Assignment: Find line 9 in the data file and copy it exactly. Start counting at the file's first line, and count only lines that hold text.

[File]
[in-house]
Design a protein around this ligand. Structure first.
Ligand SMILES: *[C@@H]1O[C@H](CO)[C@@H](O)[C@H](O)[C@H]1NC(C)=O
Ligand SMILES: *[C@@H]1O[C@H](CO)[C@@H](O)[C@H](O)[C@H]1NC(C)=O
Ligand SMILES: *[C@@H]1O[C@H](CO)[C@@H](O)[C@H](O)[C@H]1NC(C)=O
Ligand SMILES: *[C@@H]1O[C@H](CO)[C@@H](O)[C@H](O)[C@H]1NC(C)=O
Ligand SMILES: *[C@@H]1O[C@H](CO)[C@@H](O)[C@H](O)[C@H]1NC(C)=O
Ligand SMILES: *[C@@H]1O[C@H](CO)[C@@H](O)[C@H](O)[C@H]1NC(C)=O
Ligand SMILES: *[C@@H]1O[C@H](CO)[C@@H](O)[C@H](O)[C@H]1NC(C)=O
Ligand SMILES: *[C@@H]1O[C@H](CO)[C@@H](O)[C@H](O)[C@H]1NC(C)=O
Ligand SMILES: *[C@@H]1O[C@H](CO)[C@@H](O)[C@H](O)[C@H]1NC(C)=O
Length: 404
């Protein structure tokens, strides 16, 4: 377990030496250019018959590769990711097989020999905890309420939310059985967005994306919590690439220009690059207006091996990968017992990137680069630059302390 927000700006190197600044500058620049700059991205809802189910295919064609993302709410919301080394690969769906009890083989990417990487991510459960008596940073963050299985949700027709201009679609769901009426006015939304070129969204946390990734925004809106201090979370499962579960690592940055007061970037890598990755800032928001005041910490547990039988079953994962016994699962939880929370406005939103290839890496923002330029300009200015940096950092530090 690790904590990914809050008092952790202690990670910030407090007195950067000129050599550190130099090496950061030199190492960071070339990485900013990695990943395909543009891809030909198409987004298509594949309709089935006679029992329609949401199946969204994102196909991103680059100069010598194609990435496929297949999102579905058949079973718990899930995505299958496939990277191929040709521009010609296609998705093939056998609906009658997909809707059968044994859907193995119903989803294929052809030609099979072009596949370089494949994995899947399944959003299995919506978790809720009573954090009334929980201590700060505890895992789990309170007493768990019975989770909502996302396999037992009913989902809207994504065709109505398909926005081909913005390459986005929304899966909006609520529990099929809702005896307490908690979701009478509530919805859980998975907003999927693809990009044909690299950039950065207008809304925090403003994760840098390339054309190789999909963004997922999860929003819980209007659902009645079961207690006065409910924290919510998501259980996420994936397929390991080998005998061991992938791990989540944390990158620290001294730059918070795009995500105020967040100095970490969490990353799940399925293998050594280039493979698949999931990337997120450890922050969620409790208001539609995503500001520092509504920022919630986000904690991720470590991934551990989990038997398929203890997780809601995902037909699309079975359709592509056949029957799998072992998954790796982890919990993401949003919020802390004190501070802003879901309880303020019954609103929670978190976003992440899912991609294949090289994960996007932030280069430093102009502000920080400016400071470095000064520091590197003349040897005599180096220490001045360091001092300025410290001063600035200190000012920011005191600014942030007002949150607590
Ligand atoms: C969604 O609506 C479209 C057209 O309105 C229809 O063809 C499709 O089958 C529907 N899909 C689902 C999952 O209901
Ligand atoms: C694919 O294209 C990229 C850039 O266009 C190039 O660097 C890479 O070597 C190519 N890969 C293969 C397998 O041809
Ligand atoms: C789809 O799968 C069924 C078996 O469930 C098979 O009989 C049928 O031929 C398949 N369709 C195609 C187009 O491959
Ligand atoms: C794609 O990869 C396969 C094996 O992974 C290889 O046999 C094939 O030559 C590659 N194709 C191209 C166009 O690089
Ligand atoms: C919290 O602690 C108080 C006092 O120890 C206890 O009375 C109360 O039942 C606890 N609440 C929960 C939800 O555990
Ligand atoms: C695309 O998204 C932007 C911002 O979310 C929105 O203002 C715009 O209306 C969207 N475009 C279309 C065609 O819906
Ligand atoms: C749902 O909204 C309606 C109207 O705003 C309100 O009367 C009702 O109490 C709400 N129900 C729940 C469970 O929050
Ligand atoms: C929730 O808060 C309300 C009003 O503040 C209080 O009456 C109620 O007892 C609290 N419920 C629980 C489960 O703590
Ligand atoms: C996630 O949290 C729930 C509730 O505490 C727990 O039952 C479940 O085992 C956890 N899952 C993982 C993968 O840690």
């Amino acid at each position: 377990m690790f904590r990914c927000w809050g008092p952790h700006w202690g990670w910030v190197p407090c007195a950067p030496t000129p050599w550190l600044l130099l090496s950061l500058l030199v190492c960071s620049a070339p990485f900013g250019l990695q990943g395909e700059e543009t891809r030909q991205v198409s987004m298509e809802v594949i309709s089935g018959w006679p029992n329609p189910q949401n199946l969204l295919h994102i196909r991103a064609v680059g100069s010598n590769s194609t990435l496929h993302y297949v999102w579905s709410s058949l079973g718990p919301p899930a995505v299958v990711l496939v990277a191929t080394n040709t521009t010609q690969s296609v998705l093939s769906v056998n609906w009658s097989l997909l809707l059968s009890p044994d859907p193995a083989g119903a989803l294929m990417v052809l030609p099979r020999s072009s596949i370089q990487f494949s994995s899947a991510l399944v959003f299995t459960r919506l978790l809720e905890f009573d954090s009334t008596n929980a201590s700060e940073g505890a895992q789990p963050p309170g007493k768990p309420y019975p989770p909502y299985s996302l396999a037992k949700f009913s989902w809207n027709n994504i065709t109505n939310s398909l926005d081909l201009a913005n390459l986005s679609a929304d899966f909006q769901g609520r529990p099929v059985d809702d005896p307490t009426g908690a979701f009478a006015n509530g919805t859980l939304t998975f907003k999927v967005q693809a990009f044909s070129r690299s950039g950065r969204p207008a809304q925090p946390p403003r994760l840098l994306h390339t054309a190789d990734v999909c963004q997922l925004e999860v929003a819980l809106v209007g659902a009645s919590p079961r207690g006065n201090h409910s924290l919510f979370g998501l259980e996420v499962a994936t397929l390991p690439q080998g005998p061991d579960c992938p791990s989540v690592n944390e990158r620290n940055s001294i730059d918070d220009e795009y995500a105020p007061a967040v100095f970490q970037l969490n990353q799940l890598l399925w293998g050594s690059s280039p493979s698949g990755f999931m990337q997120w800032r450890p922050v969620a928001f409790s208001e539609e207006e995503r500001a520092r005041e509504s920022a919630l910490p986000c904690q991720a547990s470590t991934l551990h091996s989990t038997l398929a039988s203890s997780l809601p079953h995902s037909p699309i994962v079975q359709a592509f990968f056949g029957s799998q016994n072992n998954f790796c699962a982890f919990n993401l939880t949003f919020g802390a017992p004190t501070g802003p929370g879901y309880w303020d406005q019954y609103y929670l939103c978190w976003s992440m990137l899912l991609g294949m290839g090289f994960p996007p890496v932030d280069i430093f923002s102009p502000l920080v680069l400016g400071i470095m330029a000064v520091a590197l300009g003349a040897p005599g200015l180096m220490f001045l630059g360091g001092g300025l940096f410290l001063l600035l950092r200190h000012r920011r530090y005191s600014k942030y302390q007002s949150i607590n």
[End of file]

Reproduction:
Ligand SMILES: *[C@@H]1O[C@H](CO)[C@@H](O)[C@H](O)[C@H]1NC(C)=O